And he does. Let’s make no mistake about that. We’ve seen how ruthless and brutal the red hands can be, and since Will was a collaborator, he had a shiny target on his back. Who knows how they feel about Broussard, too. If the red hands find out who Bram is (and, more importantly, who he has access to), this could be a death sentence for everyone.
But his grim demeanor and texture-free expressions betray nothing to his parents, really.
They know that he snuck out, and that’s it. He fills in the blanks for them by telling them about Mya: that they were together, that she died, that they blew up the Raps’ ship in the labor yard and he escaped just before it was completely destroyed, that he wanted to tell her mom the truth about her passing, and that they were affiliated with the red hands, whom he now worships for their action-oriented approach to this anti-alien thing.
He eventually comes clean about the green zone invasion, too, but the one key piece of information he leaves out of the story is that he got his hands dirty by killing King during the massacre. Katie seems to believe his story that he didn’t — he couldn’t — kill the man, but does Will? And will Broussard?
This season’s been largely focused on Bram and his journey from the kid who was just kinda there into this duplicitous resistor. And considering we started out this season with Will’s mission to rescue Charlie, that might seem surprising. But whereas Charlie’s separation from the group was accidental and victimized him, Bram’s pretty much gotten himself into every negative situation he’s faced.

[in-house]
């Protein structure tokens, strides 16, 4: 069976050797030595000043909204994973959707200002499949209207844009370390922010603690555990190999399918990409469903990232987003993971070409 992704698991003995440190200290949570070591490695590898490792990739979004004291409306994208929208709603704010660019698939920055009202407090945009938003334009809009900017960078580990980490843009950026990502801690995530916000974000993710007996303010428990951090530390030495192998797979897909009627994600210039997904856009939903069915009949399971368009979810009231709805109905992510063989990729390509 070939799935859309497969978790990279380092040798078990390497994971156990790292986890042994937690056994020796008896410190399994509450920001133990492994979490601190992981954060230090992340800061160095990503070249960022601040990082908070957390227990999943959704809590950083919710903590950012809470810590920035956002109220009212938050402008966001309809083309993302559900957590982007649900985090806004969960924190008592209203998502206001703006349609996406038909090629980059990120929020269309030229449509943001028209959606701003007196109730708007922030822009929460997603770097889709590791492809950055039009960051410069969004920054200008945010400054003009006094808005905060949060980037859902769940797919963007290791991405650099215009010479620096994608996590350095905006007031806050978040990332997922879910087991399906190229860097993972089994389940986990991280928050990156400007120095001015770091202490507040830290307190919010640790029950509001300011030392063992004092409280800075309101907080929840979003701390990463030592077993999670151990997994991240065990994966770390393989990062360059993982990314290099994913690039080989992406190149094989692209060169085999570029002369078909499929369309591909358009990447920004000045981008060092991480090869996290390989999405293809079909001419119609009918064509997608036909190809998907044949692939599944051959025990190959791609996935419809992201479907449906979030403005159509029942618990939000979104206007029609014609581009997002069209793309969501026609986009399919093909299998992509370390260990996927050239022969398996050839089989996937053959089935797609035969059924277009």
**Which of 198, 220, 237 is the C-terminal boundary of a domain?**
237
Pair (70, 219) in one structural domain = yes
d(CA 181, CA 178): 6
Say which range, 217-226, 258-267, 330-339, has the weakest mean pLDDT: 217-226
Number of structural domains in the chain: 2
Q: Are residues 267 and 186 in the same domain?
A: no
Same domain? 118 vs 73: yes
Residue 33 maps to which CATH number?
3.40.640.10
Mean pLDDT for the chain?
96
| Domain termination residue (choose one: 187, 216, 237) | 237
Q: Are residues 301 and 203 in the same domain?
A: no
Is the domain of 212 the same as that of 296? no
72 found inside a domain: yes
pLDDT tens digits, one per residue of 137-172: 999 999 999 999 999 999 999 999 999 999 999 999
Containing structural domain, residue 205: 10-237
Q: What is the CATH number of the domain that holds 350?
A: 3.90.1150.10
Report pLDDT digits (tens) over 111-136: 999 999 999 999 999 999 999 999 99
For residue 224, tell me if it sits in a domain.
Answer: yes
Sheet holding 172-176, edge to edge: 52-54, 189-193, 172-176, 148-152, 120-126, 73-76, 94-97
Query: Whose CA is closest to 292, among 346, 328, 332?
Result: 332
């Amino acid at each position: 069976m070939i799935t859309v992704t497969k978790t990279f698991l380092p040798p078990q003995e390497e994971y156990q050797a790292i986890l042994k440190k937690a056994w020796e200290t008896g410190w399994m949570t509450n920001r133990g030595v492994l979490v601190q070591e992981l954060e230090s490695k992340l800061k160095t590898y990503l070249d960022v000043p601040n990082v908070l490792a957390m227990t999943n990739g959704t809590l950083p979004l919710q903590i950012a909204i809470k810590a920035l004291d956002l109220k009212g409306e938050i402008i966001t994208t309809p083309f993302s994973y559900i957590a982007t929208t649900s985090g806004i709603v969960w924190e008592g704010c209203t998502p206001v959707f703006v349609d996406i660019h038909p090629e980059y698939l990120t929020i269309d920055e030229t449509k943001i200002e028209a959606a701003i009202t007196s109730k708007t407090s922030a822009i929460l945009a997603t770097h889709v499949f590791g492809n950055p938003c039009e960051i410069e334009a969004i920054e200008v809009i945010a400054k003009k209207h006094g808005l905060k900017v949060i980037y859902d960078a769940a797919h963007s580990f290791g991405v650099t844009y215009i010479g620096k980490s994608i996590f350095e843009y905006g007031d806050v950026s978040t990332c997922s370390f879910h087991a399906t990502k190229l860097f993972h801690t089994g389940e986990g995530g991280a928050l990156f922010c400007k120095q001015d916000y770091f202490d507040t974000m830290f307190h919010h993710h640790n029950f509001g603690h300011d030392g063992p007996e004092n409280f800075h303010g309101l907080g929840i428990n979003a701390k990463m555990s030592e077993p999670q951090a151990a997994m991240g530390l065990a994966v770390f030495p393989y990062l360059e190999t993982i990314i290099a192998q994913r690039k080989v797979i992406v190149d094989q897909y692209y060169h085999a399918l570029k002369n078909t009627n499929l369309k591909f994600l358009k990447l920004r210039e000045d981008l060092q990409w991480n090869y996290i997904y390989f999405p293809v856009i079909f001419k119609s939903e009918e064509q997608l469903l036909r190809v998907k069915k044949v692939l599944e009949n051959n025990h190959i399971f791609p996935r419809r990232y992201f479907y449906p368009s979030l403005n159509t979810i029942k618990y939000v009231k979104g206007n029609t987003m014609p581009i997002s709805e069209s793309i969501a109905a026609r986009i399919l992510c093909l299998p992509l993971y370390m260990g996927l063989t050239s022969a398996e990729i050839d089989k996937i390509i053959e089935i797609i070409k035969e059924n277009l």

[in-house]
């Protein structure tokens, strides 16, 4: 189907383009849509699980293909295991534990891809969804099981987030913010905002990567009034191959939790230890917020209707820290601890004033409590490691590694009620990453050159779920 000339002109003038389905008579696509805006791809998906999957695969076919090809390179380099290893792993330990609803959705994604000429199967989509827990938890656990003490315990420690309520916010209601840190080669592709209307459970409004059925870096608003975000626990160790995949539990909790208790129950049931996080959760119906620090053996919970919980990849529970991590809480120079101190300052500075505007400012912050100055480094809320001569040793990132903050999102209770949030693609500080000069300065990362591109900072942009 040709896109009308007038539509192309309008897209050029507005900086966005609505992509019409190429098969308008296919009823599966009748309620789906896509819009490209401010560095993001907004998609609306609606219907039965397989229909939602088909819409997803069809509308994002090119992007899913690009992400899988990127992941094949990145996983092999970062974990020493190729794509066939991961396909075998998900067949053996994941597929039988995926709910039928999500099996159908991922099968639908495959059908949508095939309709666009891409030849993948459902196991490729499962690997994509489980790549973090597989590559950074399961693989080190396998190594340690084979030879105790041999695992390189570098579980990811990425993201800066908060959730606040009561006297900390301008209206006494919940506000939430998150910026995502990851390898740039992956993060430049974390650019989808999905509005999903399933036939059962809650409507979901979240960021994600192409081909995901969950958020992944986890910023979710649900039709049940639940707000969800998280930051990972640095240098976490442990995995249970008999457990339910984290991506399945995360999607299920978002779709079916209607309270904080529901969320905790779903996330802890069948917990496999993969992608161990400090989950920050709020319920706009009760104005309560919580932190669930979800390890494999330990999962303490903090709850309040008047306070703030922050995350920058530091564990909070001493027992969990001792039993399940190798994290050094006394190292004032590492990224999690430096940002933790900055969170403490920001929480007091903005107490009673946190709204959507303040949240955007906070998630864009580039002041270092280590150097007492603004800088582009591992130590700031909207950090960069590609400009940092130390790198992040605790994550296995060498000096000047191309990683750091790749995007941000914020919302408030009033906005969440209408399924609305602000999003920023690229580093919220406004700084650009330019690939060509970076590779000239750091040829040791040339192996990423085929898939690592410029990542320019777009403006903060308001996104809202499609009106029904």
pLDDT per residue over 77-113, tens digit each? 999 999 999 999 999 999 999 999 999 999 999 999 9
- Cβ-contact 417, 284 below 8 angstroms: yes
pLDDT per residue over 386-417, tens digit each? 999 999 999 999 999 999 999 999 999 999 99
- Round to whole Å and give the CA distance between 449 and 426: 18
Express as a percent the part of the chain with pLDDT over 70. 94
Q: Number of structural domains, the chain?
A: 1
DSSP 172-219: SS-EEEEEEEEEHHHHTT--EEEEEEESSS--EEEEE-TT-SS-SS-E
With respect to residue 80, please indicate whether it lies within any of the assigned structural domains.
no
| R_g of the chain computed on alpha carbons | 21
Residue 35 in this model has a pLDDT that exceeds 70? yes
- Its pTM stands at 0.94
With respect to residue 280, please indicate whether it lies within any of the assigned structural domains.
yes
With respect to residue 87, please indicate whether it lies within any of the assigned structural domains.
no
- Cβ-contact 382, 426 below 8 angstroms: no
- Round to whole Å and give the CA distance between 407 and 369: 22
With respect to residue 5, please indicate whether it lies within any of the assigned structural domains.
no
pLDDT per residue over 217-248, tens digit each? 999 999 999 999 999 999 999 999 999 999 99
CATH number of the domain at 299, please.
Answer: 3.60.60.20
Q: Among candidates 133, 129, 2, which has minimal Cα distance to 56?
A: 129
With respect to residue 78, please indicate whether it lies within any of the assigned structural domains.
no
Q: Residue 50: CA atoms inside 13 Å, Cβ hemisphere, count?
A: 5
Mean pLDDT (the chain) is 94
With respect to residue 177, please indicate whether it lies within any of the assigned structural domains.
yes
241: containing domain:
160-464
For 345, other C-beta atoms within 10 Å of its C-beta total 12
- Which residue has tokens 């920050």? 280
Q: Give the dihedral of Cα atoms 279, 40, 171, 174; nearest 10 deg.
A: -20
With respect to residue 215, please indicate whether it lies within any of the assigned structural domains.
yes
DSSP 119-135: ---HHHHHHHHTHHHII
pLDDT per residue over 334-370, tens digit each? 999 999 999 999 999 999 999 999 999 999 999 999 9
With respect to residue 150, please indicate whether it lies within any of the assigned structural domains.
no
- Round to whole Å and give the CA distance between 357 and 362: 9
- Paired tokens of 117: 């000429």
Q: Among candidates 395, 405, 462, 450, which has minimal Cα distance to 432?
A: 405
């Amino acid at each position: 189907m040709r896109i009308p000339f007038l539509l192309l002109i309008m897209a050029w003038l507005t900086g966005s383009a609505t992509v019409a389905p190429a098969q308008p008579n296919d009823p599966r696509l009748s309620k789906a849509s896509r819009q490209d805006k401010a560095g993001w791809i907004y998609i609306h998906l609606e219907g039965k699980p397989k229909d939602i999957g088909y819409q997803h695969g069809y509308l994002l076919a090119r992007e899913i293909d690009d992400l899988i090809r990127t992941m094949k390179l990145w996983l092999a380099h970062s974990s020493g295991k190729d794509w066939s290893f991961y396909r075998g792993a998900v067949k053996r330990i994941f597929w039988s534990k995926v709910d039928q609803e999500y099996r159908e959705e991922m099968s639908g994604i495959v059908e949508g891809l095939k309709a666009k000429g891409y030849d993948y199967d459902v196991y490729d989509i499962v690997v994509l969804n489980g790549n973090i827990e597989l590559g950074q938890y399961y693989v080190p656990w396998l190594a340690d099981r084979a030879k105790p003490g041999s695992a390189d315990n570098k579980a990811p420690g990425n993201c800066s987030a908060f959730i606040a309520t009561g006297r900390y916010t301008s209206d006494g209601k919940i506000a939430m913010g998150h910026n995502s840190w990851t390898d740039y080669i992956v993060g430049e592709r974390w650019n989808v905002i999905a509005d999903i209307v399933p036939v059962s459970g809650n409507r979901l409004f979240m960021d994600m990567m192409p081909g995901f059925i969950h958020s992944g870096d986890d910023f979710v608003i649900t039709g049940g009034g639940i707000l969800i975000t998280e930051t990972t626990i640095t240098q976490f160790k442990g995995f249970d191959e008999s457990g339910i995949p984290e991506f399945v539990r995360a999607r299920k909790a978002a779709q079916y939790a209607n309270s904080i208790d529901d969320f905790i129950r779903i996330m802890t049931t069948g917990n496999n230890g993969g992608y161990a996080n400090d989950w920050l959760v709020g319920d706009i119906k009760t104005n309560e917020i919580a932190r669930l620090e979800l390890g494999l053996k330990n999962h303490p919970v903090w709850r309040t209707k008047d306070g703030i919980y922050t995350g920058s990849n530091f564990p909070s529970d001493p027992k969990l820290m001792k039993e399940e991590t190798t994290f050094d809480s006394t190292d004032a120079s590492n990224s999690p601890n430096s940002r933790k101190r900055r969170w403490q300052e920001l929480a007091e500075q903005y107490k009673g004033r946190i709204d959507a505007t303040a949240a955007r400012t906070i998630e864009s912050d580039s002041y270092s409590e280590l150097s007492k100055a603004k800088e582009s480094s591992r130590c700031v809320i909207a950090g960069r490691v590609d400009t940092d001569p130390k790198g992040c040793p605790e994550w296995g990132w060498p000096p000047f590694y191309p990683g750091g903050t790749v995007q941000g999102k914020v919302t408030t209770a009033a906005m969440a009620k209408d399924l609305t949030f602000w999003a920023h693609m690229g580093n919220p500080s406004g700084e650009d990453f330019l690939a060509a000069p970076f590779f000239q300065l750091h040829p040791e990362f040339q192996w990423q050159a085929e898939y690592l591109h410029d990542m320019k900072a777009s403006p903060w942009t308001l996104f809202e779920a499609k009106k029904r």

He’s always had that tinge of resistance — he was listening to Geronimo’s radio show long before anyone knew what Katie was up to. But now he’s resisting the Resistance, which is almost completely made up of his own family. Even Gracie seems more in tuned to reality than him right now. (Quick! Somebody spill the beans about that countdown for crying out loud to knock some sense into all of them!)
The Bowmans might want to escape the Bloc right now, but Bram might be the spoke in the wheels of their movement on that end — or, at the very least, might refuse to leave and become the factor that keeps them on this side of the wall.
Either way, Snyder and Helena are in quite a lurch right now, thanks to yet another unruly incident in the Los Angeles Bloc. Ambassador King was brought in to help ensure peace in the colony, but he won’t leave it alive now, which is a massive signal to the Global Authority that this place cannot be controlled. Helena’s been trying to stave off elimination of the colony, but the more this resistance grows, the faster that countdown clock ticks.
Her biggest problem, of course, is the fact that Proxy Alcala is insubordinate to her. Snyder doesn’t want his old job back, he says, but he does want to encourage the ouster of Alcala all the same. Before Ambassador King was gunned down, Snyder had actually been running around the neighborhood convincing VIPs, including King, that giving Alcala the boot wouldn’t be as tragic an upset as they might expect. But now that King’s dead (Snyder wisely ducked out in the woods ’til the coast was clear), and the Bloc’s in panic mode again, the mission to ouster Alcala seems less likely.
But, as always, Snyder’s got a little plan up his sleeve. The only person who really has an “in” with Alcala is Nolan Burgess, and given the recent pressure Burgess has been under with the Global Authority and Maddie’s connection to Katie, he might just be willing to bend on his true faith to Greatest Day cult members like Alcala.
It’s hard to know where this is going, but we’ve heard about this total rendition concept enough times to know that for the upcoming finale, things might just get explosive.